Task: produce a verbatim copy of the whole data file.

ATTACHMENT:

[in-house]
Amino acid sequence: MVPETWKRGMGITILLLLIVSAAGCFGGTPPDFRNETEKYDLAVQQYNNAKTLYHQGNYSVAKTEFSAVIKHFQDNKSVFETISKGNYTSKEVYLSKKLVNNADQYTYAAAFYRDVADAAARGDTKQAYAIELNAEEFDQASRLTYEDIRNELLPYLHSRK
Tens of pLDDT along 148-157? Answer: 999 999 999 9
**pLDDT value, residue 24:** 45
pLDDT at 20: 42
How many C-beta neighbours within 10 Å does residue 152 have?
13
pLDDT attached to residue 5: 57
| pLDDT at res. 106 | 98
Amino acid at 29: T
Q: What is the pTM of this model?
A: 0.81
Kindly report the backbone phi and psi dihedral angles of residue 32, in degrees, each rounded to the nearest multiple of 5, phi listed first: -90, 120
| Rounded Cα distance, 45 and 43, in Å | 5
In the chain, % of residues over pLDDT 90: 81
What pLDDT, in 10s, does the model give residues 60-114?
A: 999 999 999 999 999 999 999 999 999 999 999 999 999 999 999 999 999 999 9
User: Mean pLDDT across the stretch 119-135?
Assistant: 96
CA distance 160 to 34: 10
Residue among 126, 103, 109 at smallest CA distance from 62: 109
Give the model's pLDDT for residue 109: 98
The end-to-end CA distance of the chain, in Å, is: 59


[in-house]
Amino acid sequence: MVPETWKRGMGITILLLLIVSAAGCFGGTPPDFRNETEKYDLAVQQYNNAKTLYHQGNYSVAKTEFSAVIKHFQDNKSVFETISKGNYTSKEVYLSKKLVNNADQYTYAAAFYRDVADAAARGDTKQAYAIELNAEEFDQASRLTYEDIRNELLPYLHSRK
Tens of pLDDT along 148-157? Answer: 999 999 999 9
**pLDDT value, residue 24:** 45
pLDDT at 20: 42
How many C-beta neighbours within 10 Å does residue 152 have?
13
pLDDT attached to residue 5: 57
| pLDDT at res. 106 | 98
Amino acid at 29: T
Q: What is the pTM of this model?
A: 0.81
Kindly report the backbone phi and psi dihedral angles of residue 32, in degrees, each rounded to the nearest multiple of 5, phi listed first: -90, 120
| Rounded Cα distance, 45 and 43, in Å | 5
In the chain, % of residues over pLDDT 90: 81
What pLDDT, in 10s, does the model give residues 60-114?
A: 999 999 999 999 999 999 999 999 999 999 999 999 999 999 999 999 999 999 9
User: Mean pLDDT across the stretch 119-135?
Assistant: 96
CA distance 160 to 34: 10
Residue among 126, 103, 109 at smallest CA distance from 62: 109
Give the model's pLDDT for residue 109: 98
The end-to-end CA distance of the chain, in Å, is: 59